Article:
I started my marathon as a secondary school teacher in 1991. I worked very stressful in school which had acute shortage of teachers, teaching and learning facilities and overcrowded classrooms. The situation was probably worsened by uncoordinated implementation of universal primary education policy of 1975 which mainly focused on expansion of enrollment without putting much emphasis on other issues like training, recruitment and retention of teachers, construction of classrooms, provision of textbooks and other school infrastructures which are corner stones for quality education delivery.

What were reasons for all this mess? Was it weak polices, uncoordinated plans, poor management, small budgets or unstructured monitoring and evaluation schemes? In 2001 I was transferred to The Ministry of Education headquarters to work in the statistics section which later was changed to Education Management Information System (EMIS). Our main role was to produce education data and information which can be used as evidence in policy formulation, development of strategic plans, budgets preparation and monitoring and evaluation of education sector performance.

We need well focused polices, strategic plans, implementation frameworks, management skills and monitoring and evaluation schemes. Who is ready to tackle those challenges, who are ready to provide support? who is ready to slake the thirst for knowledge of our delighted learners?
Is it not CIE through their intellectual and academic capabilities while sharing their experiences with people from all over the world!

I am happy to be a member of a wonderful CIE community where I can fetch knowledge and skills from gifted and talented professors and other intellectuals, sharing different experiences and go back home after two years well equipped with confidence and necessary tools ready work in the technological challenging environment.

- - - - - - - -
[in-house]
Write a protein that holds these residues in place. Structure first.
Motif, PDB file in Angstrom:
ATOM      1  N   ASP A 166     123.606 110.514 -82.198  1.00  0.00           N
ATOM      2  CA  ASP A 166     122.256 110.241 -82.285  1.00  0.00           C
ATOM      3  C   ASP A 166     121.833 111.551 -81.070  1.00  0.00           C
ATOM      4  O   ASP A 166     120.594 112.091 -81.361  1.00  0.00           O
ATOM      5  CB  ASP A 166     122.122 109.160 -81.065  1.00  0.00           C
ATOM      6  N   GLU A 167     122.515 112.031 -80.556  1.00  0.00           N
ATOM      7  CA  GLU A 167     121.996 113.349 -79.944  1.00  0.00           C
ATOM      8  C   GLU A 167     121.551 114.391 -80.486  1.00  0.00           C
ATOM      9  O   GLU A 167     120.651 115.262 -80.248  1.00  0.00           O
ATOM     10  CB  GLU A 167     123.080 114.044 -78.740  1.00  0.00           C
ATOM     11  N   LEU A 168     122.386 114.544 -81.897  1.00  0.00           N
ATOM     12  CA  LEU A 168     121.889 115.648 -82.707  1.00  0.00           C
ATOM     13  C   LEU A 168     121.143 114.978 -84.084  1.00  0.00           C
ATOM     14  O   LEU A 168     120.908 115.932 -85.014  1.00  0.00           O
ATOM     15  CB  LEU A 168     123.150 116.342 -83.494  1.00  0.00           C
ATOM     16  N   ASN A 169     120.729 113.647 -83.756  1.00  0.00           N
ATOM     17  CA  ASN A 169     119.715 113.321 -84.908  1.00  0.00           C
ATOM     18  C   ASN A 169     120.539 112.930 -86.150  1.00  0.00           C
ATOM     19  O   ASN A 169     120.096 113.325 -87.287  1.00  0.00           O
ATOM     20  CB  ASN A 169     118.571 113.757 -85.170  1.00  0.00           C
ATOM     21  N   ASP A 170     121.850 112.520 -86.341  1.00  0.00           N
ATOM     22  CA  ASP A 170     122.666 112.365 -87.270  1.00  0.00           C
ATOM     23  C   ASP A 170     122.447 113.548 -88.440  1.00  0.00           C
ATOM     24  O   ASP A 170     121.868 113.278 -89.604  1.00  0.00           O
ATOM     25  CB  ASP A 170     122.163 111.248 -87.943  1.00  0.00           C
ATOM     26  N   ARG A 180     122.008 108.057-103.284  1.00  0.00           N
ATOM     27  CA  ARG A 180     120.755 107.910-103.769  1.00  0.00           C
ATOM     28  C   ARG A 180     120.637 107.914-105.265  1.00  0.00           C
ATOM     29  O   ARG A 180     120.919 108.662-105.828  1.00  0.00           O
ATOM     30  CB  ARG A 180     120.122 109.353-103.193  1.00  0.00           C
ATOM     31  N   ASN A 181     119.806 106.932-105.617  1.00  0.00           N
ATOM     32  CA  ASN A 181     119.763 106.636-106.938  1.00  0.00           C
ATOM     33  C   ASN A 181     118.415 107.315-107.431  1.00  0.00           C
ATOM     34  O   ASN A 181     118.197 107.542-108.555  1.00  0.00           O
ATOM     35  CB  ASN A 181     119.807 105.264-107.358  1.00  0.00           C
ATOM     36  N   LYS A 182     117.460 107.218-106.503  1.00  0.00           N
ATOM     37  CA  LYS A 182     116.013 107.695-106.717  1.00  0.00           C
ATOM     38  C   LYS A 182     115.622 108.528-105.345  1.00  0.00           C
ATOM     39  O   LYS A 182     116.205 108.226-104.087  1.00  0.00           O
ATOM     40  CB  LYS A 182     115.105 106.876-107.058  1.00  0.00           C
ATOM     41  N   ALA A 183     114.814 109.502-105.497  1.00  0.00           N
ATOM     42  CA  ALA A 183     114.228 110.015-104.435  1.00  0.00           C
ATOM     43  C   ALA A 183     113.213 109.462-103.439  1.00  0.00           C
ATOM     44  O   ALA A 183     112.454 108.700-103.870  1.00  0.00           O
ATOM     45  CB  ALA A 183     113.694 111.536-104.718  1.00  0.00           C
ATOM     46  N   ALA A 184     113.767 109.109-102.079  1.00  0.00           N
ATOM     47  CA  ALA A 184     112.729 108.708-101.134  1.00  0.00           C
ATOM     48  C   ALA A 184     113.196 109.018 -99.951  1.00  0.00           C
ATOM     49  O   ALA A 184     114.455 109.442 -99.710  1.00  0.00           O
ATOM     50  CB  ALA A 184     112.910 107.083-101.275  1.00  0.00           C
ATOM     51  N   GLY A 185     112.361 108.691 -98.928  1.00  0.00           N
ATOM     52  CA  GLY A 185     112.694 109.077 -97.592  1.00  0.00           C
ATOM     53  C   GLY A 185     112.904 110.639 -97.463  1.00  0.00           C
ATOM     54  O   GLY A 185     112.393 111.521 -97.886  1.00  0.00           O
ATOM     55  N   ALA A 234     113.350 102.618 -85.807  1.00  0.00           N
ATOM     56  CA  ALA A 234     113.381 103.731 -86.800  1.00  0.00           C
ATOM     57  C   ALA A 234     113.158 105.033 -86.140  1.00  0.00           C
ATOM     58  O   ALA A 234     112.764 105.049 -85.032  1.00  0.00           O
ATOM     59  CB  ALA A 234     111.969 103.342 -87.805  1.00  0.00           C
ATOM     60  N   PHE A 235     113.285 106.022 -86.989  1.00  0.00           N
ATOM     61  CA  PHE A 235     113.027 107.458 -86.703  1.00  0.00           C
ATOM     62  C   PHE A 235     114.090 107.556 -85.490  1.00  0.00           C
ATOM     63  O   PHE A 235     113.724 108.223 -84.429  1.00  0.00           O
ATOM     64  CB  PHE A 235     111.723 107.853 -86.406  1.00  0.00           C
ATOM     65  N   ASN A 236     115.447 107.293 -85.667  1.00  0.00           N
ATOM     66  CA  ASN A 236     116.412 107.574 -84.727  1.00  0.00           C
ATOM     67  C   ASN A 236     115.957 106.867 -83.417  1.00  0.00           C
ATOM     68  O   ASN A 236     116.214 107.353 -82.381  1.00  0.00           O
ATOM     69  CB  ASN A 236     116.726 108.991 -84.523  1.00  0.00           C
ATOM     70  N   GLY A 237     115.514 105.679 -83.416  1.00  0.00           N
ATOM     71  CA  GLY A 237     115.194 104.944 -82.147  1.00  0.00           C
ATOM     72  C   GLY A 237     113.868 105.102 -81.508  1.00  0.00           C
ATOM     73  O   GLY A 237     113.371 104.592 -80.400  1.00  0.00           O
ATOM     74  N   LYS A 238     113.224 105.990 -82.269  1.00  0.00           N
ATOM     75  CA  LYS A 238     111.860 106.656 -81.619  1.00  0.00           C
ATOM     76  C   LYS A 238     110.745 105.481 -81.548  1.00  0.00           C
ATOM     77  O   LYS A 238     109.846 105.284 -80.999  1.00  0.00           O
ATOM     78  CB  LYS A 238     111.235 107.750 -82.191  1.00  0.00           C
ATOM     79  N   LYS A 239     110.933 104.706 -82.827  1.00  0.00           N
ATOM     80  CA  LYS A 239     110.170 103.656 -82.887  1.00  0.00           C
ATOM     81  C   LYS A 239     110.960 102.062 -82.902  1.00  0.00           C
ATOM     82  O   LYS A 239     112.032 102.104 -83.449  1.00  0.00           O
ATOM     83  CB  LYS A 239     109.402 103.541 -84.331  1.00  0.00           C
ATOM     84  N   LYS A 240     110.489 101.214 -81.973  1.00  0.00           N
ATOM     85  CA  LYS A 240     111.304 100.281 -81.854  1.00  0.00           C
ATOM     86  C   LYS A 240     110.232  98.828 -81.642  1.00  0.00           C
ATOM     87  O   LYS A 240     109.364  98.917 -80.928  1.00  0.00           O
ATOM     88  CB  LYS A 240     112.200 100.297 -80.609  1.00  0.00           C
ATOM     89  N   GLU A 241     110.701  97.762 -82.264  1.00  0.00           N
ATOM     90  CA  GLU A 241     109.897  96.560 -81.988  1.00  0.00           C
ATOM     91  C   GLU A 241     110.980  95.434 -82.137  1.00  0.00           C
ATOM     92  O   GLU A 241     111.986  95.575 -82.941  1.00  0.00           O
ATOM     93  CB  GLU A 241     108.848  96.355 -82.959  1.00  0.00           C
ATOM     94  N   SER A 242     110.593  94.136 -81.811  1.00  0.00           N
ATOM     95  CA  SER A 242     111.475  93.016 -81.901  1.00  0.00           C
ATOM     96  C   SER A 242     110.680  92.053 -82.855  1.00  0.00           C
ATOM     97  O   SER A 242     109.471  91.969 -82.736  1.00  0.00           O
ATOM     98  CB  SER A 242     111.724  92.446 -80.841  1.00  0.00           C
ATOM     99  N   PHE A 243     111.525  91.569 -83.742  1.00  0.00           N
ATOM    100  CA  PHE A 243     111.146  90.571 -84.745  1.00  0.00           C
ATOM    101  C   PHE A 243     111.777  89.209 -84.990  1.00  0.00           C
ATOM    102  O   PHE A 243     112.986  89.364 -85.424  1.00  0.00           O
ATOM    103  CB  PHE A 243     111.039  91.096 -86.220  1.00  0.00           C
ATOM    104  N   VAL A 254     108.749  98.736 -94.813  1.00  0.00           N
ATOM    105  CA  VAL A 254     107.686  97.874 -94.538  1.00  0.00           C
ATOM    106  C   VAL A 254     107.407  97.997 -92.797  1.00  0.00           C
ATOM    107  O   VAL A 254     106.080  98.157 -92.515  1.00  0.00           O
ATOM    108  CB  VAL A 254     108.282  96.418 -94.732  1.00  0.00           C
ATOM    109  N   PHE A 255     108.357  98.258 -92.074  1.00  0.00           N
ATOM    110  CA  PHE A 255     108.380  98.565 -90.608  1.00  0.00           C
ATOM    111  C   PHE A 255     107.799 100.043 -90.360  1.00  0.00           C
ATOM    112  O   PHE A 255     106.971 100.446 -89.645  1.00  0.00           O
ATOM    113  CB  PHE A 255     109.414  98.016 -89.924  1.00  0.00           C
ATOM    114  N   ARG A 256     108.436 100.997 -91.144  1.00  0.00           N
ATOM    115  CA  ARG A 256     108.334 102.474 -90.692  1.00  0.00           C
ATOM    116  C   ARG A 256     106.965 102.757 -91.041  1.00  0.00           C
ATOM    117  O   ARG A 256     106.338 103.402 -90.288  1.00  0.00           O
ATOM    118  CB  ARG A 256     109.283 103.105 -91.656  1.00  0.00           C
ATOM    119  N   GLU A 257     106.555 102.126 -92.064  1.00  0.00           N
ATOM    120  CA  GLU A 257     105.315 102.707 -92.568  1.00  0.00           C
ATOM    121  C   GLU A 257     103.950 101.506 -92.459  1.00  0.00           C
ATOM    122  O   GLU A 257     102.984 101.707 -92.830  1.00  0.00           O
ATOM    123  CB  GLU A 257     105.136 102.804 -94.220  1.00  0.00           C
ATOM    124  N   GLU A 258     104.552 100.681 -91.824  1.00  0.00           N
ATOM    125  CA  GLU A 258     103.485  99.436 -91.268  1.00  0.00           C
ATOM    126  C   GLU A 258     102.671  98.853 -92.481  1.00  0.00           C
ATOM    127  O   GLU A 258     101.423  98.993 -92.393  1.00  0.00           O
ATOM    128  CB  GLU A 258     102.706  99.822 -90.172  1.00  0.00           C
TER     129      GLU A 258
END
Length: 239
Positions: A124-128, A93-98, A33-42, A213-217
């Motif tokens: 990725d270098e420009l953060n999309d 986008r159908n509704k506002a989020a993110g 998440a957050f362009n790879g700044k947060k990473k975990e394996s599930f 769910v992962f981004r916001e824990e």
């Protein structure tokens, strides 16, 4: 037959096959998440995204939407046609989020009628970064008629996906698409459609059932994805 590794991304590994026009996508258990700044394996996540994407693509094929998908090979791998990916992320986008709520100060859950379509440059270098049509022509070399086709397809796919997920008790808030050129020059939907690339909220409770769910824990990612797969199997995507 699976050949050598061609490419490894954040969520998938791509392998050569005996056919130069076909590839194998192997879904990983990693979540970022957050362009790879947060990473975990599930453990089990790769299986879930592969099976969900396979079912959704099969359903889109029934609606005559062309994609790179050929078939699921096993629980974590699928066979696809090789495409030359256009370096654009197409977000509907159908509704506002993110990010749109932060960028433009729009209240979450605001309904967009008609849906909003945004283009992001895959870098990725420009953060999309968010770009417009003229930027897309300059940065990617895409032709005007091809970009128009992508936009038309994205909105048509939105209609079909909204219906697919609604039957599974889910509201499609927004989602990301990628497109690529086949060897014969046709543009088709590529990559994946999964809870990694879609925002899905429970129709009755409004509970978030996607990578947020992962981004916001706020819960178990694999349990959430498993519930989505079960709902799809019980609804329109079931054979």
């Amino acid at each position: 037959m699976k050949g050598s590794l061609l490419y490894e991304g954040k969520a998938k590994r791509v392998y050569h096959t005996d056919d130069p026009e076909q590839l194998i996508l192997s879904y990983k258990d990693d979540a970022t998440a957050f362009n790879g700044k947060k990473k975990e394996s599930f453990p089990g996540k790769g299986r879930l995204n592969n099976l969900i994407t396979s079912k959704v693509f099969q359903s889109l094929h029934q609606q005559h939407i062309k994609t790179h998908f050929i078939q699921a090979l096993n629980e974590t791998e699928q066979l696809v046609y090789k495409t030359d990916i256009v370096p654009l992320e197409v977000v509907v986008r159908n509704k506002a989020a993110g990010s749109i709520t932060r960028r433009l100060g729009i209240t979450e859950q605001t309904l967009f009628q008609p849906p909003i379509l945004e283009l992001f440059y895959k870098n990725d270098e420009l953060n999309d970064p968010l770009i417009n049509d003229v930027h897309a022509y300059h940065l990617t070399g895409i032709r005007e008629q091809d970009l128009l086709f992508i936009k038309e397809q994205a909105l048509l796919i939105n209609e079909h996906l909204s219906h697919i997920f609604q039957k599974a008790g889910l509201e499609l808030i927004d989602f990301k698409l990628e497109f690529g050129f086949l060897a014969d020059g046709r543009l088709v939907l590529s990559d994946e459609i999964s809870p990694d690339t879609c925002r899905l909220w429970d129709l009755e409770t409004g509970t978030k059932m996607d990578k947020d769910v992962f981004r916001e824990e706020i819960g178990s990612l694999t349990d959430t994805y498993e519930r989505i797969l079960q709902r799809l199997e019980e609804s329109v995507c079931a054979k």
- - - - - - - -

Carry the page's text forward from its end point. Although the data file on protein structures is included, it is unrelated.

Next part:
Thomas Coon      tcoon@student.umass.edu

I recently finished Peace Corps service in the Republic of Armenia and returned to the US where I immediately jumped right into the master’s program at the CIE.  During my service in Armenia I finally came to terms with the realization that I would pursue a career in education, something that I had rather actively avoided for many years. 

Tom CoonMy interests have always been many and varied including, among other things, anthropology, psychology, philosophy, puns, foreign languages, all things Rhode Island and, particularly, entomology and for many years I sought my direction would in one or more of these. 

However, during my service I found, once again, how much I enjoy teaching and working with children something I first discovered working at the Roger Williams’ Park Zoo and later had reinforced at the Museum of Science Boston.  I am now coming to terms with this realization and am determined to continue that direction in the context of international education, a path on which I hope I will continue to have the opportunity to learn and use foreign languages, a mild addiction of mine.